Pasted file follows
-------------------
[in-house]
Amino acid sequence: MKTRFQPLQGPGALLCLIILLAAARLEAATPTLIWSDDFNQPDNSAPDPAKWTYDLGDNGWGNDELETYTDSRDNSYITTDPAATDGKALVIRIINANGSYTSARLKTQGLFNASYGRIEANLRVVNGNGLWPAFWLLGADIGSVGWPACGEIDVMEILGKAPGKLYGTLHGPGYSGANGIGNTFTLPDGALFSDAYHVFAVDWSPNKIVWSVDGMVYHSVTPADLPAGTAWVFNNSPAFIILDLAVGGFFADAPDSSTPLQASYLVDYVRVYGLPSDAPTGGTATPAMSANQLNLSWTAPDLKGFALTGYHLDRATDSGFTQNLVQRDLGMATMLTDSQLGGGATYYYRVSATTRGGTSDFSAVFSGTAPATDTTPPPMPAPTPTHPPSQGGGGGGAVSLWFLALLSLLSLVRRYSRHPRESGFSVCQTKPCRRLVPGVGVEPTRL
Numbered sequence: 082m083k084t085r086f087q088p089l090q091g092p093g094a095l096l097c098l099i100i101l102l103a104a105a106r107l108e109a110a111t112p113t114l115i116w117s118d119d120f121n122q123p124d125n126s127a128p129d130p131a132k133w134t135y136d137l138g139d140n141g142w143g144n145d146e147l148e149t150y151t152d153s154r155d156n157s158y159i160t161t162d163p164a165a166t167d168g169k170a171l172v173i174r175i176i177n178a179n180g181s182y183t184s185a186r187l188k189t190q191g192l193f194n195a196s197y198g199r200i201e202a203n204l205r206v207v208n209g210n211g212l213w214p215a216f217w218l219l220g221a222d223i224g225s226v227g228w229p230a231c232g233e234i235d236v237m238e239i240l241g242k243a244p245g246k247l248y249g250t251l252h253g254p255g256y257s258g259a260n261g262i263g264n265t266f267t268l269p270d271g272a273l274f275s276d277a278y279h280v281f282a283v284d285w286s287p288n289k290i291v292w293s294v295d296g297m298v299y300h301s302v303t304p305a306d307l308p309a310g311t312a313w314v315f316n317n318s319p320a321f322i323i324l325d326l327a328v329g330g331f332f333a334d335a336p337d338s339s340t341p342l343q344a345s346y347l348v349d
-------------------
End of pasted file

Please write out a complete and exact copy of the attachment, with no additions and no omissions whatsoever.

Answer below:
[in-house]
Amino acid sequence: MKTRFQPLQGPGALLCLIILLAAARLEAATPTLIWSDDFNQPDNSAPDPAKWTYDLGDNGWGNDELETYTDSRDNSYITTDPAATDGKALVIRIINANGSYTSARLKTQGLFNASYGRIEANLRVVNGNGLWPAFWLLGADIGSVGWPACGEIDVMEILGKAPGKLYGTLHGPGYSGANGIGNTFTLPDGALFSDAYHVFAVDWSPNKIVWSVDGMVYHSVTPADLPAGTAWVFNNSPAFIILDLAVGGFFADAPDSSTPLQASYLVDYVRVYGLPSDAPTGGTATPAMSANQLNLSWTAPDLKGFALTGYHLDRATDSGFTQNLVQRDLGMATMLTDSQLGGGATYYYRVSATTRGGTSDFSAVFSGTAPATDTTPPPMPAPTPTHPPSQGGGGGGAVSLWFLALLSLLSLVRRYSRHPRESGFSVCQTKPCRRLVPGVGVEPTRL
Numbered sequence: 082m083k084t085r086f087q088p089l090q091g092p093g094a095l096l097c098l099i100i101l102l103a104a105a106r107l108e109a110a111t112p113t114l115i116w117s118d119d120f121n122q123p124d125n126s127a128p129d130p131a132k133w134t135y136d137l138g139d140n141g142w143g144n145d146e147l148e149t150y151t152d153s154r155d156n157s158y159i160t161t162d163p164a165a166t167d168g169k170a171l172v173i174r175i176i177n178a179n180g181s182y183t184s185a186r187l188k189t190q191g192l193f194n195a196s197y198g199r200i201e202a203n204l205r206v207v208n209g210n211g212l213w214p215a216f217w218l219l220g221a222d223i224g225s226v227g228w229p230a231c232g233e234i235d236v237m238e239i240l241g242k243a244p245g246k247l248y249g250t251l252h253g254p255g256y257s258g259a260n261g262i263g264n265t266f267t268l269p270d271g272a273l274f275s276d277a278y279h280v281f282a283v284d285w286s287p288n289k290i291v292w293s294v295d296g297m298v299y300h301s302v303t304p305a306d307l308p309a310g311t312a313w314v315f316n317n318s319p320a321f322i323i324l325d326l327a328v329g330g331f332f333a334d335a336p337d338s339s340t341p342l343q344a345s346y347l348v349d